Public lecture by Mari Hvattum

Nordic Perspectives lecture series 23 March

Join us when Oslo-based architect Mari Hvattum contribute to the international lecture series Nordic Perspectives with the lecture Nordic Doubts.

When: Thursday 23 March at 15.00
Where: Aarhus School of Architecture, Main Auditorium, Nørreport 22, 8000 Aarhus C

The lecture is public and free of charge.

About Mari Hvattum

Mari Hvattum (born 1966) is one of Scandinavia’s leading scholars of architecture history and theory. She received a diploma in architecture from the NTNU Trondheim in 1993 and studied philosophy and aesthetics at the University of Bergen. In 1994, she received a Master of Philosophy from the University of Cambridge, followed by a PhD from the same institution in 1999.


Mari Hvattum

She became internationally acclaimed with her Cambridge University Press book from 2004, Gottfried Semper and the Problem of Historicism, seeking to re-establish Gottfried Semper’s and other 19th-century theoreticians’ importance for the understanding of late modern architecture.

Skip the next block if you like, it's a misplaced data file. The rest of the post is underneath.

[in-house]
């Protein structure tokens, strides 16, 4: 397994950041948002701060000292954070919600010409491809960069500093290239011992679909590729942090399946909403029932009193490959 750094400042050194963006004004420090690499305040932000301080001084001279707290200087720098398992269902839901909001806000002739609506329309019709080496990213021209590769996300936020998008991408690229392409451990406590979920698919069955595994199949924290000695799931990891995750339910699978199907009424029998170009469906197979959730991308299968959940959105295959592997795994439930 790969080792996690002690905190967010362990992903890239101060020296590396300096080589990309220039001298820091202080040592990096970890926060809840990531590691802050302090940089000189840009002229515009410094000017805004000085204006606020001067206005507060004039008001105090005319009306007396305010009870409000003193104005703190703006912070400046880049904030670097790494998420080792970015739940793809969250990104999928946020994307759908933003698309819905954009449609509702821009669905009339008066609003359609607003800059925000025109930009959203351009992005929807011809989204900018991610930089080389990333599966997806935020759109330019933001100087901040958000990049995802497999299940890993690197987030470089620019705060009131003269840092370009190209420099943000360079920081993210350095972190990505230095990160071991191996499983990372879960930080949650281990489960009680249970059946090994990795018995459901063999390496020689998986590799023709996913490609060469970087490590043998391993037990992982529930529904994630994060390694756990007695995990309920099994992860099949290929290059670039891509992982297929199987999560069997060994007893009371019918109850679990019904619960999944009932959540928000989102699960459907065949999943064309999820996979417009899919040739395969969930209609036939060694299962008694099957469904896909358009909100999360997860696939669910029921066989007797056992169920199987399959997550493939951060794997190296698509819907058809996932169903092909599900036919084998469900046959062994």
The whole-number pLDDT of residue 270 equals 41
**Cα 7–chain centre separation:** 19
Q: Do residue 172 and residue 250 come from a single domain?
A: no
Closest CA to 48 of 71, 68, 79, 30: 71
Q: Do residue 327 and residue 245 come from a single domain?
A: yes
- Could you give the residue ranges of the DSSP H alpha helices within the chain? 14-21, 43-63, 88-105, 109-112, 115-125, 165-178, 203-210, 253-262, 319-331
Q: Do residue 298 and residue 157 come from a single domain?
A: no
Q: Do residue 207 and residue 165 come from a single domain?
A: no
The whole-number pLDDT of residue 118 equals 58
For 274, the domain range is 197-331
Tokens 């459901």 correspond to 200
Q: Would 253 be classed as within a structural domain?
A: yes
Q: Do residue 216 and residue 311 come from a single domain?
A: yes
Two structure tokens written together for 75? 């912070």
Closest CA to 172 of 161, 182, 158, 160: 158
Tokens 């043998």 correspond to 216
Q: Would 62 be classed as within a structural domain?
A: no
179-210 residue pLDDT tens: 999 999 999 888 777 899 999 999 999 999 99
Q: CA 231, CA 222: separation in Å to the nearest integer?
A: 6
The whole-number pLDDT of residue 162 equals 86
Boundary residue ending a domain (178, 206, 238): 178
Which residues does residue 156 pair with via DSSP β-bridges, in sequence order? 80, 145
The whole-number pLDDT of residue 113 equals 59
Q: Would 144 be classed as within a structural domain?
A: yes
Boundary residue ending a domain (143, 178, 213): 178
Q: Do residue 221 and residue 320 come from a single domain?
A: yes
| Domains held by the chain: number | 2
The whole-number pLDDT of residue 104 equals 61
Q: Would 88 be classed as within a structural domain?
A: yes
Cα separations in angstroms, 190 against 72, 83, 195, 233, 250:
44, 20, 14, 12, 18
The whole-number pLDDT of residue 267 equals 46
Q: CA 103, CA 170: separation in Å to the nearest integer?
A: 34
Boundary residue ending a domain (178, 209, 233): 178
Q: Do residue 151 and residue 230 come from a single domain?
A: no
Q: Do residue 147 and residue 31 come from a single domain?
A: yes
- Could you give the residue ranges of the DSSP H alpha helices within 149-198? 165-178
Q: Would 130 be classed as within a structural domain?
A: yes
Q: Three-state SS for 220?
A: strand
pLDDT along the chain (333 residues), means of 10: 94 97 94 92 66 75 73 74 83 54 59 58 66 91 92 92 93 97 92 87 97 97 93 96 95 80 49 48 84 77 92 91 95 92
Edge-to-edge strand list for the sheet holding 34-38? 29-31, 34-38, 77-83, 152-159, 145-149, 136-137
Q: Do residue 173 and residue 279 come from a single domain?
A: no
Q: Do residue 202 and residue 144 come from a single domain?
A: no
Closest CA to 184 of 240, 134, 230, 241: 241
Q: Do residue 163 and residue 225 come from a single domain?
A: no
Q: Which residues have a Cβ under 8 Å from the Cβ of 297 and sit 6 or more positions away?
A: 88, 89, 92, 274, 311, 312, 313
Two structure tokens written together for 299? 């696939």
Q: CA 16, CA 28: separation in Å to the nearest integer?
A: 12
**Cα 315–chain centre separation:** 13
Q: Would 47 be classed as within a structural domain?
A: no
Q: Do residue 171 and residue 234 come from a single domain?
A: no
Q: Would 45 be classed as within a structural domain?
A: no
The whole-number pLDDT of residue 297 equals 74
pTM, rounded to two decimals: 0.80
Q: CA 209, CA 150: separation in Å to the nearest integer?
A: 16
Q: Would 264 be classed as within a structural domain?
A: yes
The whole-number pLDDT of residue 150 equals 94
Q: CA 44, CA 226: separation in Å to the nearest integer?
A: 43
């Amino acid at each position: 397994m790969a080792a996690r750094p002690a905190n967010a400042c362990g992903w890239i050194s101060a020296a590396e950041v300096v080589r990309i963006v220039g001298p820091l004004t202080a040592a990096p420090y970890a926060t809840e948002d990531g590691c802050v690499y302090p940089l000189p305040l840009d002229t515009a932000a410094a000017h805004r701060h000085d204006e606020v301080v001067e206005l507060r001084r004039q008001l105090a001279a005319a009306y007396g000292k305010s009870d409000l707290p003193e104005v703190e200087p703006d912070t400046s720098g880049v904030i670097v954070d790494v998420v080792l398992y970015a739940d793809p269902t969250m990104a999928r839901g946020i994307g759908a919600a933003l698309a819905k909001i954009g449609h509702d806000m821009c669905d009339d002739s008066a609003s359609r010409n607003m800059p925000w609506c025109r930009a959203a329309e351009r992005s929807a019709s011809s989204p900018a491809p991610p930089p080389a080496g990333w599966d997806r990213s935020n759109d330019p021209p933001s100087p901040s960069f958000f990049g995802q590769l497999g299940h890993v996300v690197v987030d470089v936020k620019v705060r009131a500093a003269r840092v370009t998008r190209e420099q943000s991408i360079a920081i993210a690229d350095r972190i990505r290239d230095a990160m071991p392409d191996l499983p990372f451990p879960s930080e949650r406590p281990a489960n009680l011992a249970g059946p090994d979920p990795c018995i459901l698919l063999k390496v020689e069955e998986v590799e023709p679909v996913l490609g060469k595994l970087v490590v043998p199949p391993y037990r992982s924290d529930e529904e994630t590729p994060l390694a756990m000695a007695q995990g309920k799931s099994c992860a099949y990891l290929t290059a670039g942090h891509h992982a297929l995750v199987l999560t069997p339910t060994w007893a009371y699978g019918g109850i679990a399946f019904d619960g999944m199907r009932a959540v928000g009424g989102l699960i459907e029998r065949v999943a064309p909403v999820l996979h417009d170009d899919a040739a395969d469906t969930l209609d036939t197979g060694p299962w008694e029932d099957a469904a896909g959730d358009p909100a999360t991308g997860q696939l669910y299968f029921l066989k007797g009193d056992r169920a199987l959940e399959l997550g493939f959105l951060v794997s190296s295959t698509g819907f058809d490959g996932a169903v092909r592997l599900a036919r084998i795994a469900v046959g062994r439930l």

Mari Hvattum’s most recent book Hva er Arkitektur (What Is Architecture) ought to be on the syllabus of any architecture school, just as books like Steen Eiler Rasmussen’s Experiencing Architecture and Juhani Pallasmaa’s The Eyes of the Skin.

With her profound and thoroughly researched essays on architectural matters, Hvattum has often set the agenda for debates, like e.g. the essay from 2010 The Tyranny of Place, in which she argues against the idea of “genius loci” as a fixed idea about the true ‘essence’ of place. Instead of being a static unity, she views place as a “dynamic place in action” that can be “liberating and contribute to a new interpretation, rather than writing of the local”.

Mari Hvattum holds a position as professor of architecture history and theory at AHO Oslo, but she has also taught at the AA School of Architecture, London University; the Mackintosh School of Architecture and University of Strathclyde, both in Glasgow; the University of Edinburgh; and the Central European University of Prague.